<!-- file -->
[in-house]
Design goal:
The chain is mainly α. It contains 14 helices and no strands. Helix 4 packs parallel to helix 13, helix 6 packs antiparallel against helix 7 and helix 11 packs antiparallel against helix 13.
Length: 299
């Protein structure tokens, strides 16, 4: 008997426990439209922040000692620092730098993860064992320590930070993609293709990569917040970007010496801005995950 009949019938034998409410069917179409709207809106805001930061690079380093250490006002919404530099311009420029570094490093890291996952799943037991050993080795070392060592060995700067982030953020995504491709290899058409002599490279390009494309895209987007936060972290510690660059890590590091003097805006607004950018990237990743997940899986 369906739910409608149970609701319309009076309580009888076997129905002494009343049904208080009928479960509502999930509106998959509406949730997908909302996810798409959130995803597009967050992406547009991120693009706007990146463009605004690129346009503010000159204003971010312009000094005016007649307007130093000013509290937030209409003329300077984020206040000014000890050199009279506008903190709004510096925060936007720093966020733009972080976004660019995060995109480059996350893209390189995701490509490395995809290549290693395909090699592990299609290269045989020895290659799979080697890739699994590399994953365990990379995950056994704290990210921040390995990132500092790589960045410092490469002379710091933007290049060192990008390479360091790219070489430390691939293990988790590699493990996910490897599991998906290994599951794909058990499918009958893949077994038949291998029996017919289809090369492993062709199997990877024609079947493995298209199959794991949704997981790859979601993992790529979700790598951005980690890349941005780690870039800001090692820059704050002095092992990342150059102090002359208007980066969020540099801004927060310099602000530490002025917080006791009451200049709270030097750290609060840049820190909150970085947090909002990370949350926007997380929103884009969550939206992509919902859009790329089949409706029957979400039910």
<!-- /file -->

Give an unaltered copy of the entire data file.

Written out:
[in-house]
Design goal:
The chain is mainly α. It contains 14 helices and no strands. Helix 4 packs parallel to helix 13, helix 6 packs antiparallel against helix 7 and helix 11 packs antiparallel against helix 13.
Length: 299
């Protein structure tokens, strides 16, 4: 008997426990439209922040000692620092730098993860064992320590930070993609293709990569917040970007010496801005995950 009949019938034998409410069917179409709207809106805001930061690079380093250490006002919404530099311009420029570094490093890291996952799943037991050993080795070392060592060995700067982030953020995504491709290899058409002599490279390009494309895209987007936060972290510690660059890590590091003097805006607004950018990237990743997940899986 369906739910409608149970609701319309009076309580009888076997129905002494009343049904208080009928479960509502999930509106998959509406949730997908909302996810798409959130995803597009967050992406547009991120693009706007990146463009605004690129346009503010000159204003971010312009000094005016007649307007130093000013509290937030209409003329300077984020206040000014000890050199009279506008903190709004510096925060936007720093966020733009972080976004660019995060995109480059996350893209390189995701490509490395995809290549290693395909090699592990299609290269045989020895290659799979080697890739699994590399994953365990990379995950056994704290990210921040390995990132500092790589960045410092490469002379710091933007290049060192990008390479360091790219070489430390691939293990988790590699493990996910490897599991998906290994599951794909058990499918009958893949077994038949291998029996017919289809090369492993062709199997990877024609079947493995298209199959794991949704997981790859979601993992790529979700790598951005980690890349941005780690870039800001090692820059704050002095092992990342150059102090002359208007980066969020540099801004927060310099602000530490002025917080006791009451200049709270030097750290609060840049820190909150970085947090909002990370949350926007997380929103884009969550939206992509919902859009790329089949409706029957979400039910």